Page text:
Domestic Debt and Market Sovereignty


Guest Columnist

By Abraham Nwankwo

For a shared understanding of Nigeria’s domestic debt, it could be useful to organize a discussion along the following dimensions: (1) size and sustainability; (2) effectiveness of use; (3) strategic value; (4) relevance in recession.

Size and Sustainability

A major source of concern is that Nigeria’s public domestic debt has experienced rapid growth over the past ten years and that debt service outlay is quite high. The domestic debt-GDP ratio is only about 10%; the total public debt-GDP ratio is 12.25%, and compares favourably with the peer group threshold of 56%. Although the debt service-revenue ratio is high, the problem needs to be unbundled so we can all agree on the appropriate solution path. Indeed, following the rebasing of Nigeria’s GDP in 2010, the DMO observed that the increase in the GDP did not enhance the country’s ability to service its debts. Nigeria’s tax revenue-GDP ratio is still below 6% compared to the average for the country’s peer group, which is 18%. Essentially, therefore, from this perspective, what is being experienced is a revenue problem which impacts the debt service-revenue ratio.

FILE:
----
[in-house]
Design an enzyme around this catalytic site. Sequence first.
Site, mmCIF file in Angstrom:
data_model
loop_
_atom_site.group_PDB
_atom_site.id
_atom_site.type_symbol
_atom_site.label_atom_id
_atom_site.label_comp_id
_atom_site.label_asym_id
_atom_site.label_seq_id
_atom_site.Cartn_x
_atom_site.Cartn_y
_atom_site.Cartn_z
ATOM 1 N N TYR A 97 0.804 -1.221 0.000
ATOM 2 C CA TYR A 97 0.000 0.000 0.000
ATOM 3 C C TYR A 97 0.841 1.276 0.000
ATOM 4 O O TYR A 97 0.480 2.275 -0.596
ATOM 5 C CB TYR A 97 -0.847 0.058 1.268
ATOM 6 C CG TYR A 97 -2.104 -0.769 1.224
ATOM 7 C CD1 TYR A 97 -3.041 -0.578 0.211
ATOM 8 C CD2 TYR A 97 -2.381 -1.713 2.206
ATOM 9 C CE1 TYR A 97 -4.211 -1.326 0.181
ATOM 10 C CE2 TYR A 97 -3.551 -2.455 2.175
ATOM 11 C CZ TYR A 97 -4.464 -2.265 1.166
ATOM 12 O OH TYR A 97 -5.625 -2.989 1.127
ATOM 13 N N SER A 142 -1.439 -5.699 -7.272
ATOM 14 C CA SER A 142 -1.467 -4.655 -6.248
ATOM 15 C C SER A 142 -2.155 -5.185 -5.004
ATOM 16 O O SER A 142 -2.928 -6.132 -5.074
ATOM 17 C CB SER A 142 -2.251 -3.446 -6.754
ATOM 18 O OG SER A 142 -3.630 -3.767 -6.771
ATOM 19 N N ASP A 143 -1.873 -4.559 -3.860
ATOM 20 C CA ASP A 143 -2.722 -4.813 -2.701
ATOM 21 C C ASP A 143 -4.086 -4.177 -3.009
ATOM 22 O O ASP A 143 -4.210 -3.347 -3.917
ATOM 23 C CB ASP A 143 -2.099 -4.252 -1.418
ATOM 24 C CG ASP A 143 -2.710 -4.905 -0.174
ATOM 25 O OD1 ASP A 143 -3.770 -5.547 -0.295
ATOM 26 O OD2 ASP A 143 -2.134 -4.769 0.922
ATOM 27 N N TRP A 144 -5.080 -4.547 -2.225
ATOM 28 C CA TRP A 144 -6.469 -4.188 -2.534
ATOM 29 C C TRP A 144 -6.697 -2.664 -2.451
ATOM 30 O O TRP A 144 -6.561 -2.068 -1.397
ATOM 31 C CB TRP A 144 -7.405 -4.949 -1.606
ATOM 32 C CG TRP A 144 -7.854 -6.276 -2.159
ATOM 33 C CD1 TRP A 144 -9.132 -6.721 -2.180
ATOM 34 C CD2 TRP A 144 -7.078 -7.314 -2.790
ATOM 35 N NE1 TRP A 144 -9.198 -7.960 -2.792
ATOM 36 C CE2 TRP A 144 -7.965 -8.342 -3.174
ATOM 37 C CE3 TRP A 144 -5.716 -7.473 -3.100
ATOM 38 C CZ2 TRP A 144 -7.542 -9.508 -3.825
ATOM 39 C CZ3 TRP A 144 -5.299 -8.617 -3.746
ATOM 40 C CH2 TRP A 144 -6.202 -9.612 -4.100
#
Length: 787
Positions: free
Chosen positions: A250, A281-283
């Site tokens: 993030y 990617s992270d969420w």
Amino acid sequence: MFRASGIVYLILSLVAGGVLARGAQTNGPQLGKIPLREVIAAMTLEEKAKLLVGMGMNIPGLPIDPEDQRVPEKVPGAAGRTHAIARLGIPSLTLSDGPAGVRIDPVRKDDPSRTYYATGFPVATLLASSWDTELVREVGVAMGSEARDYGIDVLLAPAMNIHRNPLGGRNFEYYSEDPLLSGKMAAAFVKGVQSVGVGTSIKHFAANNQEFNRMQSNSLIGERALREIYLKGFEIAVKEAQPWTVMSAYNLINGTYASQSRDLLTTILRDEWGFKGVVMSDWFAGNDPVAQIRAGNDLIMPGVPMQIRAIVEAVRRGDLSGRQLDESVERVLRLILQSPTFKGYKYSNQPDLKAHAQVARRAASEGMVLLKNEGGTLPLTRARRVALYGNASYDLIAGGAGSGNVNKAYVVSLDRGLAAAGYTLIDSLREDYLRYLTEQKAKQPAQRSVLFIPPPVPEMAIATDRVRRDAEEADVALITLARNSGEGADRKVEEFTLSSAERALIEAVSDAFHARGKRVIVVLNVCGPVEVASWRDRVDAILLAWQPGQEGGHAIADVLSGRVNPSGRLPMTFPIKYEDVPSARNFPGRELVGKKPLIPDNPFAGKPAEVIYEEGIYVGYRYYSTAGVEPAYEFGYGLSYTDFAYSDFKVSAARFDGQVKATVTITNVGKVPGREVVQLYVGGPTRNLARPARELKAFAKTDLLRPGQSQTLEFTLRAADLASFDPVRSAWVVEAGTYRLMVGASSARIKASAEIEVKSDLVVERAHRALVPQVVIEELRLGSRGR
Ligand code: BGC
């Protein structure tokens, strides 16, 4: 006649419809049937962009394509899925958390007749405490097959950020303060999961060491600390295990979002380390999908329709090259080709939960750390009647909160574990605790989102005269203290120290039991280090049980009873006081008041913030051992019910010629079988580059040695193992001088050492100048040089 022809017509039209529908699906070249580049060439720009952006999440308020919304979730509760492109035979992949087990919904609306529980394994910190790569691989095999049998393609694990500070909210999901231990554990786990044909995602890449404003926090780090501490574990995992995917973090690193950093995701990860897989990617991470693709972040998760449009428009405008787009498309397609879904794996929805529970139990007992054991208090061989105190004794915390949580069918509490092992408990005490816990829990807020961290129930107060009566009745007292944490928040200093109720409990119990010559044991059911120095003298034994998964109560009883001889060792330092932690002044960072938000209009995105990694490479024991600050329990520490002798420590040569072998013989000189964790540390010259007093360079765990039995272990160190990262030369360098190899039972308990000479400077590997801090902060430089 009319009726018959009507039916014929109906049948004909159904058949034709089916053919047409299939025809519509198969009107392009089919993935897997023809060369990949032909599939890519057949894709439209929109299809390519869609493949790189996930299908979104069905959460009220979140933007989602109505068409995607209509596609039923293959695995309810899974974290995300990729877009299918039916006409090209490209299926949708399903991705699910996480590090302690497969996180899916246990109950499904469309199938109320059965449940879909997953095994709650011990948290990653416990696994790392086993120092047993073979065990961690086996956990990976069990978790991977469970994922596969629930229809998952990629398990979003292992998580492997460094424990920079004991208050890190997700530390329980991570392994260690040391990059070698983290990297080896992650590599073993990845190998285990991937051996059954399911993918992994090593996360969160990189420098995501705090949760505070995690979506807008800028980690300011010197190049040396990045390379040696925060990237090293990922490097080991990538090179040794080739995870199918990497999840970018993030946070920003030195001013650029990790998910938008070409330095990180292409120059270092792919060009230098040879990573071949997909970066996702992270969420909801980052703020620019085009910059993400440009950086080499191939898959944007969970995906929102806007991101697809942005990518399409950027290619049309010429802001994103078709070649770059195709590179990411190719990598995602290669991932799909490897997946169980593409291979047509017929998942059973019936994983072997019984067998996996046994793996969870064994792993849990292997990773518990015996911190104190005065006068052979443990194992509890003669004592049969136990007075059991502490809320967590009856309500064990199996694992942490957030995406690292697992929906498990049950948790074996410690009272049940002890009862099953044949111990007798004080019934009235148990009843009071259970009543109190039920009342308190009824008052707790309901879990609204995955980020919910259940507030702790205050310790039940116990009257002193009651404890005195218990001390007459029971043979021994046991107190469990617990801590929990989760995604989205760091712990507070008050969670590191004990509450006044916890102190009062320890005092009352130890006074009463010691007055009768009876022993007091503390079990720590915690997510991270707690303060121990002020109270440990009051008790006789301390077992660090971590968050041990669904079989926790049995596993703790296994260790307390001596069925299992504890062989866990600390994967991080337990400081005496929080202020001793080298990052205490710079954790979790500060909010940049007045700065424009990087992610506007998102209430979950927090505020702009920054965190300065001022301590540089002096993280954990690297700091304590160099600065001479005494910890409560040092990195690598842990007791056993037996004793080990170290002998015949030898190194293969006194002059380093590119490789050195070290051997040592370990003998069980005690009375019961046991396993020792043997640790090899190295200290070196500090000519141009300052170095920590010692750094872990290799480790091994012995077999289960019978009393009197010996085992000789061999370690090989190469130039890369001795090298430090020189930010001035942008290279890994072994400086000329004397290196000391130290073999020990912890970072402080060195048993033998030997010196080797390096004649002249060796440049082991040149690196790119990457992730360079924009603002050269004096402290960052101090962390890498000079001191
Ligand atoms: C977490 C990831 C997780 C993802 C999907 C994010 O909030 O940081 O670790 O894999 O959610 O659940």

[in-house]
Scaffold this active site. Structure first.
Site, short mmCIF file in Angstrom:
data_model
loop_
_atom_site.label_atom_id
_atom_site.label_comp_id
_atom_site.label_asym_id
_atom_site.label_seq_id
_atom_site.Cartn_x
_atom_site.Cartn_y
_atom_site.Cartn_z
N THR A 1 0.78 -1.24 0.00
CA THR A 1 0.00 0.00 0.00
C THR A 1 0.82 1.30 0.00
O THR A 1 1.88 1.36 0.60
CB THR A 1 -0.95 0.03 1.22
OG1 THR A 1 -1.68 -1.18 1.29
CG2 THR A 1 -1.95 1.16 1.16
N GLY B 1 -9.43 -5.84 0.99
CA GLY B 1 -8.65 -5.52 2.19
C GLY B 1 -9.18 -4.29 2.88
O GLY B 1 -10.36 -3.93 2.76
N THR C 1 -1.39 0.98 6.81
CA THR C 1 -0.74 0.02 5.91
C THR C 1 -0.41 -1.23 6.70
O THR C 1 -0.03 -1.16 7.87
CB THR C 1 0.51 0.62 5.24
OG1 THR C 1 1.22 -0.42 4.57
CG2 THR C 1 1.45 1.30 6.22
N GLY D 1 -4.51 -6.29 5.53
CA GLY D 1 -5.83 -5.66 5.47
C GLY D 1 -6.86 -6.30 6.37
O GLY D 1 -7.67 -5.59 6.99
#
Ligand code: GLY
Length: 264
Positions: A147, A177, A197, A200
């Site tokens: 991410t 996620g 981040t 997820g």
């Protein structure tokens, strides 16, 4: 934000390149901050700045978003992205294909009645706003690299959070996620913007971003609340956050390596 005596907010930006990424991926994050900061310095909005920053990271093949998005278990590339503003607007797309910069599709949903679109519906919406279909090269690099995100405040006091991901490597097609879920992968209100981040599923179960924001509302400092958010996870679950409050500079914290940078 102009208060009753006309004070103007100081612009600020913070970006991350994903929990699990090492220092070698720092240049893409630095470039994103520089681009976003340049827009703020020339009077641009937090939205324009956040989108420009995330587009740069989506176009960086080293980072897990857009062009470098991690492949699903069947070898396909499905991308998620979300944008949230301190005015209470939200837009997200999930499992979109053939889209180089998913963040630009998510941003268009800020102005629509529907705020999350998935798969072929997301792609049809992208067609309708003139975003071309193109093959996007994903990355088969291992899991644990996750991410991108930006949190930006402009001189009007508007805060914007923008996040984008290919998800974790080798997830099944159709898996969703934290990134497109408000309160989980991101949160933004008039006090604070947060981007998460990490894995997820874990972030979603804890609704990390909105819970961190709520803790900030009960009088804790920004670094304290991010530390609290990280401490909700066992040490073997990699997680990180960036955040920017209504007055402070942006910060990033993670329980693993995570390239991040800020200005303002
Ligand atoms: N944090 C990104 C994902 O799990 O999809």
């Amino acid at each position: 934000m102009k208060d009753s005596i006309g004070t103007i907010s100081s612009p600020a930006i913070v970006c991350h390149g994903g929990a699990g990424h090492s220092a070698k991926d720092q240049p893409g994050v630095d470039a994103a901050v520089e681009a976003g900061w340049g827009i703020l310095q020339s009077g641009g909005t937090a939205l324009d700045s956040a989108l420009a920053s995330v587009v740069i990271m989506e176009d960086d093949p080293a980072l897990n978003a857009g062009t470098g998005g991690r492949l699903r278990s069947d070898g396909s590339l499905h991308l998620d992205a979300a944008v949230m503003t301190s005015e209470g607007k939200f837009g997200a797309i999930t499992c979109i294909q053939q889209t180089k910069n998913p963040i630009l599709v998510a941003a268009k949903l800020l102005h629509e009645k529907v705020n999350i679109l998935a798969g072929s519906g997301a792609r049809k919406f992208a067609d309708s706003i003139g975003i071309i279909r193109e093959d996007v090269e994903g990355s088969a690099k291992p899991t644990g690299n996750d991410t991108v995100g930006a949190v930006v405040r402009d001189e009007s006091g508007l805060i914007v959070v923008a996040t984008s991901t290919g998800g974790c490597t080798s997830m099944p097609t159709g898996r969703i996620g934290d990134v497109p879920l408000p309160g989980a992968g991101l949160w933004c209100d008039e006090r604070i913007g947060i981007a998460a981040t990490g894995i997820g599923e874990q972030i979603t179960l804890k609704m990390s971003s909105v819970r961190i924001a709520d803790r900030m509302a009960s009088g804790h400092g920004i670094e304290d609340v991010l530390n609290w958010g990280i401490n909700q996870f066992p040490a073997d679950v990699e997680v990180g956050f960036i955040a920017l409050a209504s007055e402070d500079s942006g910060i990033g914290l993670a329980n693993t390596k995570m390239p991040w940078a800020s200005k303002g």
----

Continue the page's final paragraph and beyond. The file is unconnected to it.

What measures are being taken to address the high domestic debt service-revenue ratio? First, in the short-run and continuing into the medium-term, the government, through the Federal Ministry of Finance and the Federal Inland Revenue Service, is significantly improving tax collection, particularly through capturing hundreds of thousands of existing tax-dodging individuals and companies into the tax net. Progress in this reform will cause the debt service-revenue ratio to trend towards lower levels.